Starting work on the shibboleth-sp2 packages
cantor.2 at osu.edu
Tue Jun 24 19:32:49 UTC 2008
> Hm, at first glance, if OASIS is happy with copying of those parts of the
> standard without any copyright notice, I wonder if they consider them
> copyrightable. One could make a strong argument that a schema document
> itself is a functional interface specification and hence isn't
> copyrightable under US law.
It's news to me that you can't copyright a header file (people do it all the
time). I don't see much difference here.
> According to the OASIS page, the general copyright for the specifications
> themselves is somewhat problematic, but it's not clear if that covers the
It most likely does, and it's just an oversight or lack of attention that
the schemas don't carry the same notice.
> I could argue that excerpting the schemas falls under the above license
> grant, but it's not clear that modifying the schemas to develop another
> protocol based on SAML would be covered, which would be a problem from the
> DFSG perspective.
Schemas aside, if you did that you'd be running into all the IPR on SAML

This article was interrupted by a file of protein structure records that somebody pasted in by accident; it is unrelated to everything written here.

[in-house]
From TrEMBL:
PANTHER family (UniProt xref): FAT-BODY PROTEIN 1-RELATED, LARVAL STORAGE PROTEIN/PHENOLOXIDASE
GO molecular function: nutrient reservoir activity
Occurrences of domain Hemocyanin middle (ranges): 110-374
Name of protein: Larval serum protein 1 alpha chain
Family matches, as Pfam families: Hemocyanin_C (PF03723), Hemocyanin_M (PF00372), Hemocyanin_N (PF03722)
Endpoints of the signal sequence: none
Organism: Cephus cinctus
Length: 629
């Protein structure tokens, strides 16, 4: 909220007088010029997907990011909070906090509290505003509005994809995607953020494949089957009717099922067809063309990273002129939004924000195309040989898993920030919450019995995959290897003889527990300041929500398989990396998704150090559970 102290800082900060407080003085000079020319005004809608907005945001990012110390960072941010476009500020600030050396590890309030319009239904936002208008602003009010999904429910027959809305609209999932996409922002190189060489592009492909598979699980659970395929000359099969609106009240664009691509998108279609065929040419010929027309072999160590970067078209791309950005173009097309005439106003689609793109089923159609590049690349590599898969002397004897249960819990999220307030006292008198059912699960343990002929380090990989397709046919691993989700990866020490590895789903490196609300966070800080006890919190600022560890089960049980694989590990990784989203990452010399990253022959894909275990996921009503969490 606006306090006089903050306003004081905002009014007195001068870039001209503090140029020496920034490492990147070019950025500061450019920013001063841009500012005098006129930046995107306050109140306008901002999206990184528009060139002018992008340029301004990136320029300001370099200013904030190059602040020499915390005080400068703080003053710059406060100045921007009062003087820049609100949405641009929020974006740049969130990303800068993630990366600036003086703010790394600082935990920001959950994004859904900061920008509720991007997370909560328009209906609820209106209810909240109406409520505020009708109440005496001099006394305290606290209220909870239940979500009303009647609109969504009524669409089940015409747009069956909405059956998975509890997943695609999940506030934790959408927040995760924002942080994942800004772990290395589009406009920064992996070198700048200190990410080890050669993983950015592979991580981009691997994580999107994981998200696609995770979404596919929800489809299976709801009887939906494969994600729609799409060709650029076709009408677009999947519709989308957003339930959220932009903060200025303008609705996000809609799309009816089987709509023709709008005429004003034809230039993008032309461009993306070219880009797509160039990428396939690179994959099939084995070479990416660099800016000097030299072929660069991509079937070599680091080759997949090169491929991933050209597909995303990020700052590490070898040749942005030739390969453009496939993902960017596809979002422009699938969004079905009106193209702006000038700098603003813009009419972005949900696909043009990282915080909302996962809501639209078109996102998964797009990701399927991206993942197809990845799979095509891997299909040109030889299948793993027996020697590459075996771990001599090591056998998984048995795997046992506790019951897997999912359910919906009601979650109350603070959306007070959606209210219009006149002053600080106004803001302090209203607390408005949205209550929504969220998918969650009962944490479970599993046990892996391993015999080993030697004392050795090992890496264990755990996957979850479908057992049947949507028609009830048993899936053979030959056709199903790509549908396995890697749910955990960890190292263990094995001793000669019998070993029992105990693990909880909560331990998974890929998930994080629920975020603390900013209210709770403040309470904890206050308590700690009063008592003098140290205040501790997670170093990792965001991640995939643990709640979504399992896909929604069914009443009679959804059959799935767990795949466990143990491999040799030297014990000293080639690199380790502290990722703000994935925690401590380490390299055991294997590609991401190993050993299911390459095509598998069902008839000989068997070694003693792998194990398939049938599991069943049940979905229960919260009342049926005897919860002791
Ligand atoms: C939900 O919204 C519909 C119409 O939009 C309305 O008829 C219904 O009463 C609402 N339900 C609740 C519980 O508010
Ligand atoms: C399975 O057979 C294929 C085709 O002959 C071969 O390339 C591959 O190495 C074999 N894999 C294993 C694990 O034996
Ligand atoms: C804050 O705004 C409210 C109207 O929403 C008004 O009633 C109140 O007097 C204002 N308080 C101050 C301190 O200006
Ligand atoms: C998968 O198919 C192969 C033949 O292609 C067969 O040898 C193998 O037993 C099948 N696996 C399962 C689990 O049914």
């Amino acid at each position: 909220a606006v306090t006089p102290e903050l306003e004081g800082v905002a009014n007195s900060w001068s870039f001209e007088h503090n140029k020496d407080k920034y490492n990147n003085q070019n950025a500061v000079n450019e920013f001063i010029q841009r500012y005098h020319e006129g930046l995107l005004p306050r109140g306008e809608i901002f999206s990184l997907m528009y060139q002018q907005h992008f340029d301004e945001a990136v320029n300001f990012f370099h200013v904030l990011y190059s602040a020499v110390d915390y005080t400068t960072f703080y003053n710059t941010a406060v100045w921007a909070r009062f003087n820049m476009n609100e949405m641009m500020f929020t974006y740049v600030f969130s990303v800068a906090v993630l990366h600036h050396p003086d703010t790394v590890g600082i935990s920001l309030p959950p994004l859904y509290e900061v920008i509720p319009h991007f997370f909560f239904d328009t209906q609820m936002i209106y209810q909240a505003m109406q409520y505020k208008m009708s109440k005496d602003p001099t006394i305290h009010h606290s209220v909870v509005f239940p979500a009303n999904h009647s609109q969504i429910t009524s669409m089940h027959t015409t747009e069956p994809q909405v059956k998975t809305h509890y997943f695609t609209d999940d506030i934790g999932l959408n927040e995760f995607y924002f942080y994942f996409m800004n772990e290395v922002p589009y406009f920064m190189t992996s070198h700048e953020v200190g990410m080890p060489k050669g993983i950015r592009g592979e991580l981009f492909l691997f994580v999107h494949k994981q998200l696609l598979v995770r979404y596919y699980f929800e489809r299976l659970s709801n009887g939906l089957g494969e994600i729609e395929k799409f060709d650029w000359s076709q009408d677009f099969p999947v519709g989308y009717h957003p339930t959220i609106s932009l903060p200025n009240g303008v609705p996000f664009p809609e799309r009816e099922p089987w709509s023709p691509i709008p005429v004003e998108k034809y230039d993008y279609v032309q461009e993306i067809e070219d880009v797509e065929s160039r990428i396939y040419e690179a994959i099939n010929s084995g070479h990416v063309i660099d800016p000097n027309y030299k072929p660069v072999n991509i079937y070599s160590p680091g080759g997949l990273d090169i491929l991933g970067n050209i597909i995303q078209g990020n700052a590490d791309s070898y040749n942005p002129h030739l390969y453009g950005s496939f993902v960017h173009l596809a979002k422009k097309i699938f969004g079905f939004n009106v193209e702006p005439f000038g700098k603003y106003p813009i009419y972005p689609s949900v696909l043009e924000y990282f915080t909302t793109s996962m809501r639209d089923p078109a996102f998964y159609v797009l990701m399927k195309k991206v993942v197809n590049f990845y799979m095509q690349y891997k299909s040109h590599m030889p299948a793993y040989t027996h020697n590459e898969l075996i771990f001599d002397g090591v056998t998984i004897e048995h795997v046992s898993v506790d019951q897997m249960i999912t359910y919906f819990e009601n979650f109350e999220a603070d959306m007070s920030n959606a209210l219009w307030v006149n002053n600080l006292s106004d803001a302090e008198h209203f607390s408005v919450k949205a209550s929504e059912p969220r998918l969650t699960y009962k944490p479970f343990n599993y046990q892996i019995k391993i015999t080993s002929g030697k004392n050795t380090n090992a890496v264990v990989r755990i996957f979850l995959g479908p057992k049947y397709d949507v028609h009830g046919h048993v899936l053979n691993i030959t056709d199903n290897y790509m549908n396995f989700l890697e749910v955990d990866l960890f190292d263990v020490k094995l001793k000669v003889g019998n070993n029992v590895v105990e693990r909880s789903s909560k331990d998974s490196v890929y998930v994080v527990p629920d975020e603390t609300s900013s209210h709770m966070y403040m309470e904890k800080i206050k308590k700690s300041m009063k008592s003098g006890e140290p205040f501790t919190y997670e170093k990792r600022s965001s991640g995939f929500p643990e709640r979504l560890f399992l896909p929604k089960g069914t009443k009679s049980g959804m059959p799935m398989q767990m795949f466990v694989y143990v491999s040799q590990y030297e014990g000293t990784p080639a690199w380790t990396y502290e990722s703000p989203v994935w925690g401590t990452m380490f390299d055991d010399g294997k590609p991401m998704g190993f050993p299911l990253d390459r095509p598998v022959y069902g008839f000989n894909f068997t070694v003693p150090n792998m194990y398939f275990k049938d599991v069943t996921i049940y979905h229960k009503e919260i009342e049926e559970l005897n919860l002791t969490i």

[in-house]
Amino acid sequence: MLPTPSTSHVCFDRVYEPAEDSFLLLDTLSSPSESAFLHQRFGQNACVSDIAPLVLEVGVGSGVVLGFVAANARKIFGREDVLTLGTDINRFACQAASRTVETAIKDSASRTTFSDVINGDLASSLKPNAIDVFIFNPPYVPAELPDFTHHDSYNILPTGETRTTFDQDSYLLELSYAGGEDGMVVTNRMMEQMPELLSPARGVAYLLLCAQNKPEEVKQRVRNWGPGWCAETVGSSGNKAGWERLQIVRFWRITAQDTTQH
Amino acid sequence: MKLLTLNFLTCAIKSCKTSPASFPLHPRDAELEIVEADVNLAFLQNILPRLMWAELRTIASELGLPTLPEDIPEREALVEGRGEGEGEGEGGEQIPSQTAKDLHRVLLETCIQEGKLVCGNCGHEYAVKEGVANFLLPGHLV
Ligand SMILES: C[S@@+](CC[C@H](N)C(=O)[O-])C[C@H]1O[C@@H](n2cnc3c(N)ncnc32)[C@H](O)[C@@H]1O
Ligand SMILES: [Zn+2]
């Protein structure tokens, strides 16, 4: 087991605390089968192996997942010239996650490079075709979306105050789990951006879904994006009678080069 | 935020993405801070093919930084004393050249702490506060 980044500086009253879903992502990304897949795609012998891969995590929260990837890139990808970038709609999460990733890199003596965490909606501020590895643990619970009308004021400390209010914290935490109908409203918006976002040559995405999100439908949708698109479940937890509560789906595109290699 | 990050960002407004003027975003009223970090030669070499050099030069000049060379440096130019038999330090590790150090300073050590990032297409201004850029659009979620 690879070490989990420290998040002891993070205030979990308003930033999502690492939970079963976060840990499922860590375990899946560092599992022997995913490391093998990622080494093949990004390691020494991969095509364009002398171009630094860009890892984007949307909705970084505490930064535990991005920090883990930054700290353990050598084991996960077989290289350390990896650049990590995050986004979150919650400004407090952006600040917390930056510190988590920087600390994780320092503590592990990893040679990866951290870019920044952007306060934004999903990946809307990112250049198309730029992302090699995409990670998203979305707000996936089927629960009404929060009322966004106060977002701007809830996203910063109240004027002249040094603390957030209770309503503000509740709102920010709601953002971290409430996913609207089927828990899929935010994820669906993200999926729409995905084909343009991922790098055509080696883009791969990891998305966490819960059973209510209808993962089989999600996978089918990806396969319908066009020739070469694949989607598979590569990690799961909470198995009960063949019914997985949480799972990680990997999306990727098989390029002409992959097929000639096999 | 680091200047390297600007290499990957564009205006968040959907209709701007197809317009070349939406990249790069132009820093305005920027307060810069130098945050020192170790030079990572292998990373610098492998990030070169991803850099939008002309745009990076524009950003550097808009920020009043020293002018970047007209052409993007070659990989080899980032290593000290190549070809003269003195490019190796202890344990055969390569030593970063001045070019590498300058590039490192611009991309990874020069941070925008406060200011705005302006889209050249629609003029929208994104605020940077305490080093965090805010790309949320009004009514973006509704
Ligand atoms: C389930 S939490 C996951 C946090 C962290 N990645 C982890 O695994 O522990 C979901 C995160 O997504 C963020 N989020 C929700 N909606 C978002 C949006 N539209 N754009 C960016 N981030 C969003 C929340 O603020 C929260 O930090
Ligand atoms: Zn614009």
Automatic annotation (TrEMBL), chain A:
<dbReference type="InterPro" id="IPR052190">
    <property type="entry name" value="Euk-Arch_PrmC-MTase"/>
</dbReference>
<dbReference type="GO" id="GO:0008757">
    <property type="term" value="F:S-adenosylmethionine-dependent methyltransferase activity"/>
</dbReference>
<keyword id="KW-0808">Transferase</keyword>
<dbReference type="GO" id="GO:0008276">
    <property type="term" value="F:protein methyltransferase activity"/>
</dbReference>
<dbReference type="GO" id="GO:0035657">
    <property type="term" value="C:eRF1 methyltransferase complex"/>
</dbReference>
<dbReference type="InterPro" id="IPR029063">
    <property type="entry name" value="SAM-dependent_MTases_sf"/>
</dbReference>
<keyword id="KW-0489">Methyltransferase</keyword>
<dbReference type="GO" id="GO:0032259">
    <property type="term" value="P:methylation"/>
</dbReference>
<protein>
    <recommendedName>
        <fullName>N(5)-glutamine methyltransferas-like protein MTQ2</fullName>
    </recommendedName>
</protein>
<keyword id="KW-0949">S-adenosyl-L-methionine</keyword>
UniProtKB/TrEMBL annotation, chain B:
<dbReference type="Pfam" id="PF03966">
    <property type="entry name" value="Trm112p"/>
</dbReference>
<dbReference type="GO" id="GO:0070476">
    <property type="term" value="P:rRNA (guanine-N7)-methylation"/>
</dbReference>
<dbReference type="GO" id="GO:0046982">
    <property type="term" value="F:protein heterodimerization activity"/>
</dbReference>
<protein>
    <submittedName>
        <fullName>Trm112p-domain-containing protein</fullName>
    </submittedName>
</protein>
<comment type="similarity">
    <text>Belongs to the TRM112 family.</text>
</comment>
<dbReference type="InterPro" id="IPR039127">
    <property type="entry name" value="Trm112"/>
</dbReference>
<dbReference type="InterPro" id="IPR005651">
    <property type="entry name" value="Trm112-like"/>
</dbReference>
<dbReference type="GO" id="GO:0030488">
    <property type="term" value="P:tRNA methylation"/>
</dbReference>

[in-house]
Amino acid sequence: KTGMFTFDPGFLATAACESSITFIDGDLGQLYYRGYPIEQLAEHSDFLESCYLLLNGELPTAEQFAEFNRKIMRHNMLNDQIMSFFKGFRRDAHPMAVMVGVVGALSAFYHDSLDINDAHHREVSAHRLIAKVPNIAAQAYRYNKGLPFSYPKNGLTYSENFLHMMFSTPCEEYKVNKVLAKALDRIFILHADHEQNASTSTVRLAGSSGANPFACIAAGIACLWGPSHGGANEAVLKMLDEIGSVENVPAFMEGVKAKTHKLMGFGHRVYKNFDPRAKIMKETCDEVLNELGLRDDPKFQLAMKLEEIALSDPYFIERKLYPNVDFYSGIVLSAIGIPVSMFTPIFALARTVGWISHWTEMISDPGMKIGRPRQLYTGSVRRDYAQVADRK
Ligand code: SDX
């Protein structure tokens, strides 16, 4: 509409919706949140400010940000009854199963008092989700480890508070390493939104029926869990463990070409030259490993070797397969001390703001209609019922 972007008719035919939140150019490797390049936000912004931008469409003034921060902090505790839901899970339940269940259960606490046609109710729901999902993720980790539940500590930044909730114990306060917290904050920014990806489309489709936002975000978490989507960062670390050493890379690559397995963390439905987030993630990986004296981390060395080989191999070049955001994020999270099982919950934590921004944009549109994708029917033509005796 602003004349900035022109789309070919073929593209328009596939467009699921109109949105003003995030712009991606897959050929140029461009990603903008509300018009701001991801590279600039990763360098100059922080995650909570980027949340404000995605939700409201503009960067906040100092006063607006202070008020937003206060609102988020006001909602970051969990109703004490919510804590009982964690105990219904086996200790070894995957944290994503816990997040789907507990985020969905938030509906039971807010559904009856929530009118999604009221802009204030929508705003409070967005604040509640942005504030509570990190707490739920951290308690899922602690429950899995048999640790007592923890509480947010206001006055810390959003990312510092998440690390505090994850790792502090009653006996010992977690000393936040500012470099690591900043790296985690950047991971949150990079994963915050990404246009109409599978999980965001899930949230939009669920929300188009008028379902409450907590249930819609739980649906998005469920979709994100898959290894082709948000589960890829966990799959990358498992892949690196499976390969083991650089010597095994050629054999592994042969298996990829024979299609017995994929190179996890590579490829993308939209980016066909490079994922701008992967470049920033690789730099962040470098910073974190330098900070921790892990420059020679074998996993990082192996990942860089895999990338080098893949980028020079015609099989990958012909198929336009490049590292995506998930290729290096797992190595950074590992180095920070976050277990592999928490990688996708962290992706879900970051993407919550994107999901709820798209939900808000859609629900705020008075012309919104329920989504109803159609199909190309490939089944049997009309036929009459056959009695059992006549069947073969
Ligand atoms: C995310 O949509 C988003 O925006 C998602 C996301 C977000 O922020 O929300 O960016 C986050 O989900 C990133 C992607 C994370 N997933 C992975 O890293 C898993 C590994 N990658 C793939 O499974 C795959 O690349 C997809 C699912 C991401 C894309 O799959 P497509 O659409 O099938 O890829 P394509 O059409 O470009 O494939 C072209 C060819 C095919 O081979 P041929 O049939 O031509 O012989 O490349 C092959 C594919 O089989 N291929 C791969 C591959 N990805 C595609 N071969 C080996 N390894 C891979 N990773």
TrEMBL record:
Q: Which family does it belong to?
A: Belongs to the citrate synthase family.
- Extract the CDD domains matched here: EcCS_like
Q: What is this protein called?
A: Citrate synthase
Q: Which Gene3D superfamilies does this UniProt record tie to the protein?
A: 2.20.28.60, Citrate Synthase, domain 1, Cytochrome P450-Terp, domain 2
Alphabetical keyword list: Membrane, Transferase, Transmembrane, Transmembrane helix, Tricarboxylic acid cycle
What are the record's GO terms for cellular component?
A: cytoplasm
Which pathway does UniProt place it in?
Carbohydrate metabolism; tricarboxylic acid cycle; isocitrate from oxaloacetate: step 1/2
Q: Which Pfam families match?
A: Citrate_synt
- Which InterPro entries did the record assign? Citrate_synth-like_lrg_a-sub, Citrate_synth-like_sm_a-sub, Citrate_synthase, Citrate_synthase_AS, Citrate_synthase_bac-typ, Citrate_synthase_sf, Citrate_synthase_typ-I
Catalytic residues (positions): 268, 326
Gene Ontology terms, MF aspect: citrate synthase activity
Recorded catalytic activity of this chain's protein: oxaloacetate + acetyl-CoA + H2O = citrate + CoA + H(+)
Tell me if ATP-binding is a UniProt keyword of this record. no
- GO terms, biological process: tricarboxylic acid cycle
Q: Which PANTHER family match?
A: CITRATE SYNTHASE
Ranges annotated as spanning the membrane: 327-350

itself, which has non-assertion covenants only insofar as one is
implementing the specification.
Since some of that IPR is very generic, any web SSO technology is inevitably
going to infringe (or, as I suspect, render the patents themselves invalid
through prior art, but nobody's going to spend the money to fight them).
In other words, as an example, OpenID is probably encumbered, but gets a
free pass because they don't try to clarify their situation. That attitude
is prevalent in the ASF, for example; I call it "don't ask, don't tell".
> Has OASIS ever commented one way or the other on your use of the schemas
> or on any copyright notices that might be required for them?
Not that I recall.
> The W3C documents were more of a concern because they contain large blocks
> of text which is copyrightable in its own right. The OASIS schemas don't
> contain enough English text to be copyrightable independently of the rest
> of the schema, only at most brief revision histories, so if the schemas
> fall under the interface exception to US copyright law, there probably
> isn't a problem.
I'm not familiar with the exception.
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